Working Capital Ratios

The CIMA F1, F2 and F3 papers ALL consider financial ratios and how to interpret them. It can be a broad subject when looking at all types of ratios, their audience and how to draw meaningful conclusions from them.

Let’s take a look at the interested users and what type of financial ratios they would be concerned with.


I’ve highlighted the Suppliers user group and the working capital ratio as that’s the area I will focus on next. Generally speaking, though, there are TWO main areas for financial ratios:

  • Financial Performance: ratios based on the income statement that can be split into profitability ratios and shareholder investment ratios.
  • Financial Position: ratios based on the balance sheet (or SOFP), these can split into activity (day-to-day), liquidity (ability to meet current liabilities) and solvency (ability to meet long term debt) ratios.

Up next, I will look at the working capital cycle that a company’s suppliers (and management) would be interested in. This falls under the activity ratios in Financial Position as it’s concerned with current assets and liabilities.

Financial Position – Activity Ratios

The purpose of the working capital cycle is to ensure the business has enough cash to continue operations and produce goods. It involves managing the relationship between inventories and receivables (short term assets) against the payables (short term liabilities).

Inventory Days

This ratio tells us how long (on average) a company holds on to their inventory. The higher the number, the more likely we are able to meet customer demands but this also means we are keeping capital tied up in inventory longer and this could cause obsolescence and wastage.

 It’s calculated by dividing the inventory over the operating costs and multiplying it by 365 days. In the example below, you can see that the inventory days has improved in 2015 by 5 days, this is mainly due to holding less inventory in stock (43k from 60k).


Accounts Receivable Days

Much like the inventory days, this ratio will tell us (on average) how long a company takes to collect it’s receivables. The lower the number the better in terms of recycling cash back into the working capital cycle.

However, collecting the debt too quickly could cause a  strain on the customer relationship so this factor needs to be considered.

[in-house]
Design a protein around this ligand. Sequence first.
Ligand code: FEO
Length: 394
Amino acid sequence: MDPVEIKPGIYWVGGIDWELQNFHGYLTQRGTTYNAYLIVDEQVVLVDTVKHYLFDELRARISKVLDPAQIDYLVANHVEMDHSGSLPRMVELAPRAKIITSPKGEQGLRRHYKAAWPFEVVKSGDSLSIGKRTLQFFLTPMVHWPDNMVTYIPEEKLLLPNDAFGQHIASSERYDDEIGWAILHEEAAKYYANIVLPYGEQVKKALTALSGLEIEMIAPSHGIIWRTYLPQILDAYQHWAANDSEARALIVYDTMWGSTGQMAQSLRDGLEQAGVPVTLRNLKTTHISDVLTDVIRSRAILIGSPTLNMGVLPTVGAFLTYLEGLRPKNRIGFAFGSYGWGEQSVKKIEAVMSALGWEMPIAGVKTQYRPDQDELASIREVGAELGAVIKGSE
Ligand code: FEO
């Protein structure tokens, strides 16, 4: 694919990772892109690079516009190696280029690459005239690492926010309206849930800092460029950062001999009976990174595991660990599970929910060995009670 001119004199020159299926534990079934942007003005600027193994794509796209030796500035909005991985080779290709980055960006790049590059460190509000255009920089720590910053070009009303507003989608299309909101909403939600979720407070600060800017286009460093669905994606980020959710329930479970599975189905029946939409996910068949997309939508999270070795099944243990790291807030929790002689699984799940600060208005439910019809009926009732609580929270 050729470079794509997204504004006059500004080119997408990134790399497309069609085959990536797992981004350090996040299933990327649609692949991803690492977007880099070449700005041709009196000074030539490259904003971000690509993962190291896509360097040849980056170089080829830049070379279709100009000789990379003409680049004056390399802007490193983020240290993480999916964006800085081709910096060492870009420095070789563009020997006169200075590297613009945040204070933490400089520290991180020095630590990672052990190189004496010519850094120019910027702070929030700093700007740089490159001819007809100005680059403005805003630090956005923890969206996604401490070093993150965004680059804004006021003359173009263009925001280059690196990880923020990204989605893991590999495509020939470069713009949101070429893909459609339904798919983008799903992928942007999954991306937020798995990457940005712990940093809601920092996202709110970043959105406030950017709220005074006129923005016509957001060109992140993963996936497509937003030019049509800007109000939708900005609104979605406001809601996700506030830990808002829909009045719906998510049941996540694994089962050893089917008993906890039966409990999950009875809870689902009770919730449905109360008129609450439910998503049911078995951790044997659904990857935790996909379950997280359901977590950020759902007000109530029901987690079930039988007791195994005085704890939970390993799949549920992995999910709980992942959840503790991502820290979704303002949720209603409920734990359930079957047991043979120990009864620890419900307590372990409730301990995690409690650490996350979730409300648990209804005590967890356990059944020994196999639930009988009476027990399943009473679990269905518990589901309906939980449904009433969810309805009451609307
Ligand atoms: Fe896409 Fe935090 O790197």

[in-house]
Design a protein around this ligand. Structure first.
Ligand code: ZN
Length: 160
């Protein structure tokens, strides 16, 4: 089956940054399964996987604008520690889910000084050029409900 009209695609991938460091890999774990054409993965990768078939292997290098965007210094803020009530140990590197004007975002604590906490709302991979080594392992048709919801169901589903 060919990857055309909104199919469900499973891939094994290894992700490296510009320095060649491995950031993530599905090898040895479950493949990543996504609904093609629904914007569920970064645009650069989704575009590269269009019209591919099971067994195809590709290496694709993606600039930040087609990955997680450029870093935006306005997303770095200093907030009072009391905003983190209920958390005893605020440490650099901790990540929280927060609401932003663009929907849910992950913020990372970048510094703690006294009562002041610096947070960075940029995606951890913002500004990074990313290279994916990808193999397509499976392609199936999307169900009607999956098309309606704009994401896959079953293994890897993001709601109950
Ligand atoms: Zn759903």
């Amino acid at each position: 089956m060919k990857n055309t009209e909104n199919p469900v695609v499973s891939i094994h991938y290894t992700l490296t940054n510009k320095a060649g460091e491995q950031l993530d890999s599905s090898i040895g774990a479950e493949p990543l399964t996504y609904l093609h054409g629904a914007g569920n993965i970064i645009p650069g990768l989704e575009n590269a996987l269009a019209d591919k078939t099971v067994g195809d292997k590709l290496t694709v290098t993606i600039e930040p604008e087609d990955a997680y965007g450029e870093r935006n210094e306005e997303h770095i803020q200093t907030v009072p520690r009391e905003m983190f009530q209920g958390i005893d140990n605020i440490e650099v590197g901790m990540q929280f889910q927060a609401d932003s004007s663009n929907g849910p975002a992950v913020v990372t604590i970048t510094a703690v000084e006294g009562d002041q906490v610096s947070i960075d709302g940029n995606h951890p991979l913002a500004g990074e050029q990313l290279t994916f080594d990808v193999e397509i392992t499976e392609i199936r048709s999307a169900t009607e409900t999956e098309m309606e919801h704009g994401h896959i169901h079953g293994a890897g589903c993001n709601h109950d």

It’s calculated by dividing the receivables balances on the SOFP over the total revenue for the year and multiplying it by 365 days. 

Below, you can see the receivables balance has increased in 2015, so has the receivable days (up to 79), therefore this is a concern and should be addressed.


Accounts Payable Days

Again, the accounts accounts payable days ratio is calculated in the same manner as above. And the result is interpreted in the same manner too, but this time the higher the number, the more cash we will have on hand as we are paying our suppliers later.

Here the company should make sure they use their sensitising payment terms to the full extent without damaging the relationship with the supplier. 

Again, it’s the mirror image of the above ratio and is calculated by dividing the payables balance in current liabilities over the total operating costs and multiplying it by 365 days.

Here you can see our working capital cycle will have improved as they are now taking 61 days to pay their suppliers rather than 45 days – which has a positive affect on cash flow.


Working Capital Cycle

Finally, the working capital cycle can be calculated now we have the above three ratios. To calculate it you need to do the following:

  •  Inventory Days + Receivable Days – Payable Days = Working Capital Cycle



Using all of the information above, you can see the working capital cycle has improved from 51 days in 2014 to 47 days in 2015.

This is despite taking longer to collect receivables in 2015 (79 days from 62 days), it appears the positive impact of taking longer to pay suppliers (61 days from 45 days) and holding less inventory in stock (29 days from 34 days) has improved the working capital cycle to 47 days.

Which fundamentally means, in 2015, it took 47 days to turn raw materials into cash. Meanwhile, these ratios above highlight the fact that this can be further improved if better credit control procedures are put into place to reduce the accounts receivable days from 79.

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